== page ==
The Defense Department is asking for less money for military construction and more for energy conservation in its fiscal 2013 budget request, the deputy undersecretary of defense for installations and environment told a Senate panel March 21.
Dorothy Robyn said her staff uses joint planning and rigorous analysis to ensure that the right mix of troops is at strategic locations, all while “reducing its footprint” to lessen the department’s environmental impact. She spoke before the Senate Armed Services Committee’s readiness and management support subcommittee.
“My office takes seriously our mission to strengthen DOD’s infrastructure backbone — the installations that serve to train, deploy and support our warfighters,” Robyn said.
The installations and environment fiscal 2013 budget request is $11.2 billion, a decrease of about $3.5 billion from last year’s request. The cut represents tightening budgets, and the services’ decisions to defer facility investments at locations that may have fewer troops due to force structure changes, she said. Under the request, the office would receive:
- $8.5 billion for military construction, down 29 percent;
- $476 million for costs from the 2005 base realignment and closure process, down 18 percent;
- $1.65 billion for family housing, down 3 percent;
- $151 million for chemical demilitarization, up 100 percent;
- $150 million for the Energy Conservation Investment Program, up 11 percent; and
- $254 million for the NATO Security Investment Program, down 7 percent.
The office’s first priority is to support operational missions, Robyn said. The Pentagon is requesting $3.5 billion for operational and training requirements, including building a second explosives handling wharf at Kitsap, Wash.; communications facilities in California and Japan; specialized facilities for special operations forces at various locations; and range and training facilities for ground forces at several Army installations.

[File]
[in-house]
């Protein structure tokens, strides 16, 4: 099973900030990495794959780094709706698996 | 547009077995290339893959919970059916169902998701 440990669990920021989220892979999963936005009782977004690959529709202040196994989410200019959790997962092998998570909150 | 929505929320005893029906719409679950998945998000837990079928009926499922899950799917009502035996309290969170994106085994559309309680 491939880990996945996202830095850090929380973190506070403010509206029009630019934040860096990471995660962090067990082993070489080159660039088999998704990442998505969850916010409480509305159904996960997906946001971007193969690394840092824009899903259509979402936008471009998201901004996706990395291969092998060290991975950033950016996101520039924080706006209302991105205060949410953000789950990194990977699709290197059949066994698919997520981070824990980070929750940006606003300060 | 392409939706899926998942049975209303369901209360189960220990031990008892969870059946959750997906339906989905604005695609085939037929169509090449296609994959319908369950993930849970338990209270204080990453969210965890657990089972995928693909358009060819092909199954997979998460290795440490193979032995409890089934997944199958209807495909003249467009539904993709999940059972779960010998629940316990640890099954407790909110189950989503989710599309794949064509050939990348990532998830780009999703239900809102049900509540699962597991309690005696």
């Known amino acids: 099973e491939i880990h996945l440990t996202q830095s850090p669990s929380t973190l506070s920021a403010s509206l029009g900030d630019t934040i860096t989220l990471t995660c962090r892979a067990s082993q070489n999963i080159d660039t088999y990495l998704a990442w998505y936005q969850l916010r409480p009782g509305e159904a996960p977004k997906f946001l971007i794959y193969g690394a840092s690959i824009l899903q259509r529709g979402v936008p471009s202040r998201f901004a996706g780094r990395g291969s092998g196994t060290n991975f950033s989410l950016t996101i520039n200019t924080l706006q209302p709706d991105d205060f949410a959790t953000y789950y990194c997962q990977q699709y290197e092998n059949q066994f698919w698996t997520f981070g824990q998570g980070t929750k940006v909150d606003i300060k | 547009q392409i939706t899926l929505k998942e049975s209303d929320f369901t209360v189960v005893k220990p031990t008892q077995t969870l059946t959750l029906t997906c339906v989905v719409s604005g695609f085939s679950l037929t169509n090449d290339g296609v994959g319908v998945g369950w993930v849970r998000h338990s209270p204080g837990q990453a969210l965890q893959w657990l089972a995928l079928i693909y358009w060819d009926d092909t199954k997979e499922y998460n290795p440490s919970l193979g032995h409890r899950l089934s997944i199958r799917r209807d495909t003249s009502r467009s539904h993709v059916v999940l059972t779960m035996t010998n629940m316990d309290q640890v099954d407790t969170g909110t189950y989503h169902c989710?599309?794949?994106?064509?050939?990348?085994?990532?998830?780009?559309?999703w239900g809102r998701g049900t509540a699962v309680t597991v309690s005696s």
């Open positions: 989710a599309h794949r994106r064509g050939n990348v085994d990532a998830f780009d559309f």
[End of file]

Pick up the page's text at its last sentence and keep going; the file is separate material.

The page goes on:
The budget request also includes $547 million to replace or renovate 11 Defense Department schools that are in poor or failing condition, mostly overseas. By the end of fiscal 2018, more than 70 percent of DOD schools will have been replaced or undergone substantial renovation.
Also, the budget request includes $1 billion for 21 projects to upgrade military medical facilities. It includes $207 million in the continuing effort to replace the William Beaumont Army Regional Medical Center in Texas and $127 million for the Landstuhl Regional Medical Center in Germany. It also provides for continued improvement of the medical research facilities that support the chemical-biological mission.
The budget requests $191 million, or about half as much as last year’s request, for family housing construction, but includes $1.5 billion for family housing operations and maintenance, up 11 percent. The military has saved money and has better housing since privatizing its U.S.-based military housing, Robyn said.
“Privatization of family housing … is the single most effective reform my office as carried out,” she said. Before privatization, chronic underinvestment in their facilities had created a crisis for the services, with almost 200,000 of the Defense Department’s family housing units rated as inadequate, she said.
With a $3.6 billion investment, Robyn said, the services generated nearly $30 billion in construction for new and renovated housing.
The budget request includes $1.7 billion for government-owned family housing overseas, which will allow the department to maintain 90 percent of non-Navy housing in good or fair condition, Robyn said. The Navy is expected to reach that goal in fiscal 2017, she said.
The department is seeking $1.1 billion for 28 construction and renovations projects to serve 10,000 unaccompanied personnel, she said.
Robyn said her office is looking at three cost-cutting approaches. One changes the process for leasing space, another promotes innovation and efficiency in the construction industry, and the third is to analyze the effect that investments in energy efficiency have on the long-term costs of owning and operating buildings.
The department has a $4 billion energy bill for its installations that comes almost entirely from commercial power grids. DOD is trying to change that through energy conservation programs and innovations in alternative energy, she said.
“As the owner of 300,000 buildings, it is in DOD’s direct self-interest to help firms overcome the barriers that inhibit innovative technologies from being commercialized and deployed on DOD installations,” Robyn said.
The department has created 70 test projects on innovations in areas such as microgrid and storage technologies, advanced lighting controls, high performance cooling systems, waste heat recovery and on-site generation, she said.